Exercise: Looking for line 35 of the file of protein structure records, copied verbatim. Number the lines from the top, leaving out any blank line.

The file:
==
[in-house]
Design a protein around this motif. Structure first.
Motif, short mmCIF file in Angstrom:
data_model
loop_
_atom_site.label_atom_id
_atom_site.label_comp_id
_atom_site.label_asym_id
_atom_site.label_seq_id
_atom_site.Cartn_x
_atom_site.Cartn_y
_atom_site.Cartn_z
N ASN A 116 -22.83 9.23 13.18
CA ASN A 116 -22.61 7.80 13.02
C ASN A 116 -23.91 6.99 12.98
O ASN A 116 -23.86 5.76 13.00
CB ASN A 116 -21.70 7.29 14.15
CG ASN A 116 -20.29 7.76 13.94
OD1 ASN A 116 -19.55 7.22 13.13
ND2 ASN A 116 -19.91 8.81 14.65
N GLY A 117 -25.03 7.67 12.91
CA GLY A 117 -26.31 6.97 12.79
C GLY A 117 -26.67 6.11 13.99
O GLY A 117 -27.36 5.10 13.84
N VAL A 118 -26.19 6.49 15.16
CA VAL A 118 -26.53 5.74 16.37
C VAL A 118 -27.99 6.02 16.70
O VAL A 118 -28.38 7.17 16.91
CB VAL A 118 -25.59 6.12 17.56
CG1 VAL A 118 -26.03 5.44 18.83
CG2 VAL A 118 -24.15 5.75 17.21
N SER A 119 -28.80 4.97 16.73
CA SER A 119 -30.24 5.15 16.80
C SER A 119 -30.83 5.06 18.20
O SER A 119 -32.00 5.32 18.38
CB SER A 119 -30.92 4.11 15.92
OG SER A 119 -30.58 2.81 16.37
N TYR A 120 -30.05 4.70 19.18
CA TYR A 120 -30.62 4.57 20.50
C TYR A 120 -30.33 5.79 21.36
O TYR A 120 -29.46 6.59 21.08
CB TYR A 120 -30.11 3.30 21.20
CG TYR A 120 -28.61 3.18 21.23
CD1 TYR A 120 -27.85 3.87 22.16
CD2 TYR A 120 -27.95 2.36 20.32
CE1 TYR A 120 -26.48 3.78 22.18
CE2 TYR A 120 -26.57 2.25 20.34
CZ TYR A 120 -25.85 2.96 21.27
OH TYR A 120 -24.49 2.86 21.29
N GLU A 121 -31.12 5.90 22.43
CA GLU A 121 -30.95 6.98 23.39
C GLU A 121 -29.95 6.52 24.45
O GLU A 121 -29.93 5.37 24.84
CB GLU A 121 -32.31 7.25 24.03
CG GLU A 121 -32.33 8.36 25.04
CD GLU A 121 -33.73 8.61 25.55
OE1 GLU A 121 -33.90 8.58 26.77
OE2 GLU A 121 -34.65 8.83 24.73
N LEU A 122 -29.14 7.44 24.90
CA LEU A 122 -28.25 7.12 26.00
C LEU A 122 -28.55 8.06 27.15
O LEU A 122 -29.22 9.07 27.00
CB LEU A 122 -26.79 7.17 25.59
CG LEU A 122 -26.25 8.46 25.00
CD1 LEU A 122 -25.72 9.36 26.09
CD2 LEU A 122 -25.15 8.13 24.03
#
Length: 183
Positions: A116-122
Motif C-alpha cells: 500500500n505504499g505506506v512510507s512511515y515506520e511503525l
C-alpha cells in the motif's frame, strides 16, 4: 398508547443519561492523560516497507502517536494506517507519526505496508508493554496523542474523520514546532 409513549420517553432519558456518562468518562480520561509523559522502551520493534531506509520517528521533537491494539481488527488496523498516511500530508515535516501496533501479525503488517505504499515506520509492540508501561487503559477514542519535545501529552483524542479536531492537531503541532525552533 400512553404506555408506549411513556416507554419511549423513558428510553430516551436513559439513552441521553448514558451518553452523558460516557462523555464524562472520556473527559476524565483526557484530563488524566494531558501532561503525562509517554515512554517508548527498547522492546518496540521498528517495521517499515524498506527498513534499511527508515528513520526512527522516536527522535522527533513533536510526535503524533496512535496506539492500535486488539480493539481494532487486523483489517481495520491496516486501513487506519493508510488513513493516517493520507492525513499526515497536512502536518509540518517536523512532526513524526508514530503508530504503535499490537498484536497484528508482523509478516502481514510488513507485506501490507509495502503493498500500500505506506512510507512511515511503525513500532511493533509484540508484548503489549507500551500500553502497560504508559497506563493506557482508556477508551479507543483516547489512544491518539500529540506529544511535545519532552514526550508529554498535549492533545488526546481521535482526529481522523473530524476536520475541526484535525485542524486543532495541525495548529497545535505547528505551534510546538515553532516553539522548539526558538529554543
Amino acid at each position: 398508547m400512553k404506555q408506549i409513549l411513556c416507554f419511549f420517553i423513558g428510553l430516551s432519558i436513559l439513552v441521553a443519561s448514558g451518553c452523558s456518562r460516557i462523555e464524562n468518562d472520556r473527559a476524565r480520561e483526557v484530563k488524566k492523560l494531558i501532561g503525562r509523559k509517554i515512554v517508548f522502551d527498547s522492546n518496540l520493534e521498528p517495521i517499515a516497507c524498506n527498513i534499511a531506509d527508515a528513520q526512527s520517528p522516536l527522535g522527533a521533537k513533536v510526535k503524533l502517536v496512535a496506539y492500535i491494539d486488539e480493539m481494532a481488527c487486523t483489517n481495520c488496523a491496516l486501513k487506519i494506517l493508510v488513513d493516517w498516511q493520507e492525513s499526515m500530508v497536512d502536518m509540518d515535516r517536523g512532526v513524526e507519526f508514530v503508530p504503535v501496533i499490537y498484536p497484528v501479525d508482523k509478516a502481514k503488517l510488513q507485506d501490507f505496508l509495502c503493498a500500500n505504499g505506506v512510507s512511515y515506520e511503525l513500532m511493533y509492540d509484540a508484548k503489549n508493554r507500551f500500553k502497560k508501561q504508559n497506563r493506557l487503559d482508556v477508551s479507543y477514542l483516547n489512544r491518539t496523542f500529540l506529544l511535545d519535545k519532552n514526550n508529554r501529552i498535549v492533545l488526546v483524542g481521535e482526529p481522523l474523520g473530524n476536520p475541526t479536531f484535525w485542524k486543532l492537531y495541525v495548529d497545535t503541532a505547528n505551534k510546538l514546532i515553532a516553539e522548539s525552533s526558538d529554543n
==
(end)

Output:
O SER A 119 -32.00 5.32 18.38